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Illiterate People Three Times More Likely to Suffer from Dementia

Representation purpose only.

Representation purpose only.

The researchers found that dementia tripled in those elderly who were never taught how to read or write.

Turns out, knowing how to read and write can actually save your life! A new study suggests that illiterate people are three times more likely suffer from dementia later in their lives. The study, published in Daily Mail, and conducted by researchers from the Columbia University in New York, came to the conclusion after looking at nearly 1,000 people septuagenarians (people between 70-79 years) over a span of four years.

Results of the study were originally published in the journal Nature. The researchers subsequently found that dementia tripled in those elderly who were never taught how to read or write.

According to the study, researchers opined that literate people are able to engage in activities that stimulate the brain, which help build up cognitive reserve, which is the mind's resistance to the brain getting damaged. The study saw 983 participants, all of whom had less than four years of school education, from Manhattan, participating in the study.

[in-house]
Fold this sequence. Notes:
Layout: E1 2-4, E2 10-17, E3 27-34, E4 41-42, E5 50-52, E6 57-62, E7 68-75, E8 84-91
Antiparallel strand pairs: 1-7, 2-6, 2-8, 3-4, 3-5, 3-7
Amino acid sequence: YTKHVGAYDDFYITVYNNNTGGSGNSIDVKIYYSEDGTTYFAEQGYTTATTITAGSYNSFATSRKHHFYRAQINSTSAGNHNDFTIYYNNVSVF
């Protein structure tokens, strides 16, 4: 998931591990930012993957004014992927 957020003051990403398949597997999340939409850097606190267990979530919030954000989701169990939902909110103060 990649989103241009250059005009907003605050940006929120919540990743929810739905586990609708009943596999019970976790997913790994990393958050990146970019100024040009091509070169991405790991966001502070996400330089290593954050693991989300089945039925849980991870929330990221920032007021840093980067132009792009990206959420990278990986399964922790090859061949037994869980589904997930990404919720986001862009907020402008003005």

Volunteers were subsequently divided into two groups. 237 of them were illiterate and 746 were able to read and write. Participants were subjected to memory tests as well as follow-up appointments with the researchers every two years.

Researchers found that 35 percent of the illiterate volunteers had dementia at the start of the study, while just 18 percent of those who could read were suffering from the same. After four years, rates of dementia rose to 48 percent and 27 percent, respectively.

Speaking about the same, lead author of the study Dr Jennifer Manly said that being able to read and write allowed people to engage in more activities like reading newspapers and helping their children or grandchildren with their homework, which engages the brain. She added that while previous research showed that such activities reduced the risk of dementia, their studies provided more evidence that reading and writing may be important factors when it comes to staving the disease.


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